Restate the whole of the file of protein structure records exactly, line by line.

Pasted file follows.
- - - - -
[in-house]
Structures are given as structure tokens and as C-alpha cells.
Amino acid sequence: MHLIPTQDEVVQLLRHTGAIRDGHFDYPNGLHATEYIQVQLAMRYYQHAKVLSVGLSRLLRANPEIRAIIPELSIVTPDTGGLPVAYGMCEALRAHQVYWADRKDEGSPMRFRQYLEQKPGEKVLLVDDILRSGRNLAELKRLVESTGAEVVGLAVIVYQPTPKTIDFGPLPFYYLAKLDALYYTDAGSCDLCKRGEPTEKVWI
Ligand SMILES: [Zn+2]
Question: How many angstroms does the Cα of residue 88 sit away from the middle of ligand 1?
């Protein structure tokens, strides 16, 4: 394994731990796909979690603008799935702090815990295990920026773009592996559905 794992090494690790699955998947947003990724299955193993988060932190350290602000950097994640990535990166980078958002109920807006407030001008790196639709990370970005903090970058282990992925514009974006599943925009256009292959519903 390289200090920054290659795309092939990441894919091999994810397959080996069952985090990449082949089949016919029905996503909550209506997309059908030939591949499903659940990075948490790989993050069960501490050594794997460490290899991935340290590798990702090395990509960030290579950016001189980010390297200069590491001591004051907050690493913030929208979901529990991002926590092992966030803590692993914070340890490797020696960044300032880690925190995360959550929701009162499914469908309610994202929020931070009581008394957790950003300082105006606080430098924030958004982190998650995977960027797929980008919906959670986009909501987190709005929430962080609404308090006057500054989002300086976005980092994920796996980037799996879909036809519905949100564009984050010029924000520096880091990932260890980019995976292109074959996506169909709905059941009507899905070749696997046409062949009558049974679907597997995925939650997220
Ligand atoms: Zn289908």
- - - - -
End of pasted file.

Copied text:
[in-house]
Structures are given as structure tokens and as C-alpha cells.
Amino acid sequence: MHLIPTQDEVVQLLRHTGAIRDGHFDYPNGLHATEYIQVQLAMRYYQHAKVLSVGLSRLLRANPEIRAIIPELSIVTPDTGGLPVAYGMCEALRAHQVYWADRKDEGSPMRFRQYLEQKPGEKVLLVDDILRSGRNLAELKRLVESTGAEVVGLAVIVYQPTPKTIDFGPLPFYYLAKLDALYYTDAGSCDLCKRGEPTEKVWI
Ligand SMILES: [Zn+2]
Question: How many angstroms does the Cα of residue 88 sit away from the middle of ligand 1?
């Protein structure tokens, strides 16, 4: 394994731990796909979690603008799935702090815990295990920026773009592996559905 794992090494690790699955998947947003990724299955193993988060932190350290602000950097994640990535990166980078958002109920807006407030001008790196639709990370970005903090970058282990992925514009974006599943925009256009292959519903 390289200090920054290659795309092939990441894919091999994810397959080996069952985090990449082949089949016919029905996503909550209506997309059908030939591949499903659940990075948490790989993050069960501490050594794997460490290899991935340290590798990702090395990509960030290579950016001189980010390297200069590491001591004051907050690493913030929208979901529990991002926590092992966030803590692993914070340890490797020696960044300032880690925190995360959550929701009162499914469908309610994202929020931070009581008394957790950003300082105006606080430098924030958004982190998650995977960027797929980008919906959670986009909501987190709005929430962080609404308090006057500054989002300086976005980092994920796996980037799996879909036809519905949100564009984050010029924000520096880091990932260890980019995976292109074959996506169909709905059941009507899905070749696997046409062949009558049974679907597997995925939650997220
Ligand atoms: Zn289908």